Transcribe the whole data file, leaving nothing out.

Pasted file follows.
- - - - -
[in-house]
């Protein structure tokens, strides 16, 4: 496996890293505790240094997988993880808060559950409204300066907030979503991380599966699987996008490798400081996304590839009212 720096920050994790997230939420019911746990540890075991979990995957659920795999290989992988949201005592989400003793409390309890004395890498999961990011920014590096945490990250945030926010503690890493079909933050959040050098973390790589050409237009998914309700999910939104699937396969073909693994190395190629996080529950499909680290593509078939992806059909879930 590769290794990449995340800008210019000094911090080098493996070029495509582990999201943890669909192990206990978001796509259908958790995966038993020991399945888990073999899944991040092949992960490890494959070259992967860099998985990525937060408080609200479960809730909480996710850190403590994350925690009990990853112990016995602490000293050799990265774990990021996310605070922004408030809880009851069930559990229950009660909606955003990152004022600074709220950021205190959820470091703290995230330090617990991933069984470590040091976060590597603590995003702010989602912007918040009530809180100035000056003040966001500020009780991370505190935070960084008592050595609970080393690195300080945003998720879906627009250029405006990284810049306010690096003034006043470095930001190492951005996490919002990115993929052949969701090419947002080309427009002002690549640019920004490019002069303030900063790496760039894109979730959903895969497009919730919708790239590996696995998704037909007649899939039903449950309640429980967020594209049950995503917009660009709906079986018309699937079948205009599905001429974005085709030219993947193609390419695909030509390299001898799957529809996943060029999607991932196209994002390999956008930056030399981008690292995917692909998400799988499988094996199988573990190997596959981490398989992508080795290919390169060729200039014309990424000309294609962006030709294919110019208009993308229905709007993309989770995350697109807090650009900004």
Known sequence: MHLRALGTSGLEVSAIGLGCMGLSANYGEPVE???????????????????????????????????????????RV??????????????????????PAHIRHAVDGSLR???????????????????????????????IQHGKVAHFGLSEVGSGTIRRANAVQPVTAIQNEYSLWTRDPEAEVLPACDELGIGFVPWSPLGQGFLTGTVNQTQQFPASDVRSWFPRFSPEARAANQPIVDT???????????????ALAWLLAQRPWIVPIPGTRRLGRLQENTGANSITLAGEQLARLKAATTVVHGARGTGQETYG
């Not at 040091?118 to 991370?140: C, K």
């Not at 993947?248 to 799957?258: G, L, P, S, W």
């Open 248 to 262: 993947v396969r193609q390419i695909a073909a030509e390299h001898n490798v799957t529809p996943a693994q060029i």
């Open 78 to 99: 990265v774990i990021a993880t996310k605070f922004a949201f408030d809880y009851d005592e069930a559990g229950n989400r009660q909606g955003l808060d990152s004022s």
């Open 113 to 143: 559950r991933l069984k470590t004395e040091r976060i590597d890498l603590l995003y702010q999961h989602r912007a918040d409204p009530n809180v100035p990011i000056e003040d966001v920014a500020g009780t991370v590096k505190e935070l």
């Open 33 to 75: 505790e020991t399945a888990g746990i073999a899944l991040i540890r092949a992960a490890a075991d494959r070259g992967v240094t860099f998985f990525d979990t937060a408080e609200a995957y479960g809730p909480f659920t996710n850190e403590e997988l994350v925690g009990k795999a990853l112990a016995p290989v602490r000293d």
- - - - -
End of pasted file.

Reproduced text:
[in-house]
């Protein structure tokens, strides 16, 4: 496996890293505790240094997988993880808060559950409204300066907030979503991380599966699987996008490798400081996304590839009212 720096920050994790997230939420019911746990540890075991979990995957659920795999290989992988949201005592989400003793409390309890004395890498999961990011920014590096945490990250945030926010503690890493079909933050959040050098973390790589050409237009998914309700999910939104699937396969073909693994190395190629996080529950499909680290593509078939992806059909879930 590769290794990449995340800008210019000094911090080098493996070029495509582990999201943890669909192990206990978001796509259908958790995966038993020991399945888990073999899944991040092949992960490890494959070259992967860099998985990525937060408080609200479960809730909480996710850190403590994350925690009990990853112990016995602490000293050799990265774990990021996310605070922004408030809880009851069930559990229950009660909606955003990152004022600074709220950021205190959820470091703290995230330090617990991933069984470590040091976060590597603590995003702010989602912007918040009530809180100035000056003040966001500020009780991370505190935070960084008592050595609970080393690195300080945003998720879906627009250029405006990284810049306010690096003034006043470095930001190492951005996490919002990115993929052949969701090419947002080309427009002002690549640019920004490019002069303030900063790496760039894109979730959903895969497009919730919708790239590996696995998704037909007649899939039903449950309640429980967020594209049950995503917009660009709906079986018309699937079948205009599905001429974005085709030219993947193609390419695909030509390299001898799957529809996943060029999607991932196209994002390999956008930056030399981008690292995917692909998400799988499988094996199988573990190997596959981490398989992508080795290919390169060729200039014309990424000309294609962006030709294919110019208009993308229905709007993309989770995350697109807090650009900004």
Known sequence: MHLRALGTSGLEVSAIGLGCMGLSANYGEPVE???????????????????????????????????????????RV??????????????????????PAHIRHAVDGSLR???????????????????????????????IQHGKVAHFGLSEVGSGTIRRANAVQPVTAIQNEYSLWTRDPEAEVLPACDELGIGFVPWSPLGQGFLTGTVNQTQQFPASDVRSWFPRFSPEARAANQPIVDT???????????????ALAWLLAQRPWIVPIPGTRRLGRLQENTGANSITLAGEQLARLKAATTVVHGARGTGQETYG
């Not at 040091?118 to 991370?140: C, K």
């Not at 993947?248 to 799957?258: G, L, P, S, W």
């Open 248 to 262: 993947v396969r193609q390419i695909a073909a030509e390299h001898n490798v799957t529809p996943a693994q060029i």
């Open 78 to 99: 990265v774990i990021a993880t996310k605070f922004a949201f408030d809880y009851d005592e069930a559990g229950n989400r009660q909606g955003l808060d990152s004022s």
């Open 113 to 143: 559950r991933l069984k470590t004395e040091r976060i590597d890498l603590l995003y702010q999961h989602r912007a918040d409204p009530n809180v100035p990011i000056e003040d966001v920014a500020g009780t991370v590096k505190e935070l």
């Open 33 to 75: 505790e020991t399945a888990g746990i073999a899944l991040i540890r092949a992960a490890a075991d494959r070259g992967v240094t860099f998985f990525d979990t937060a408080e609200a995957y479960g809730p909480f659920t996710n850190e403590e997988l994350v925690g009990k795999a990853l112990a016995p290989v602490r000293d």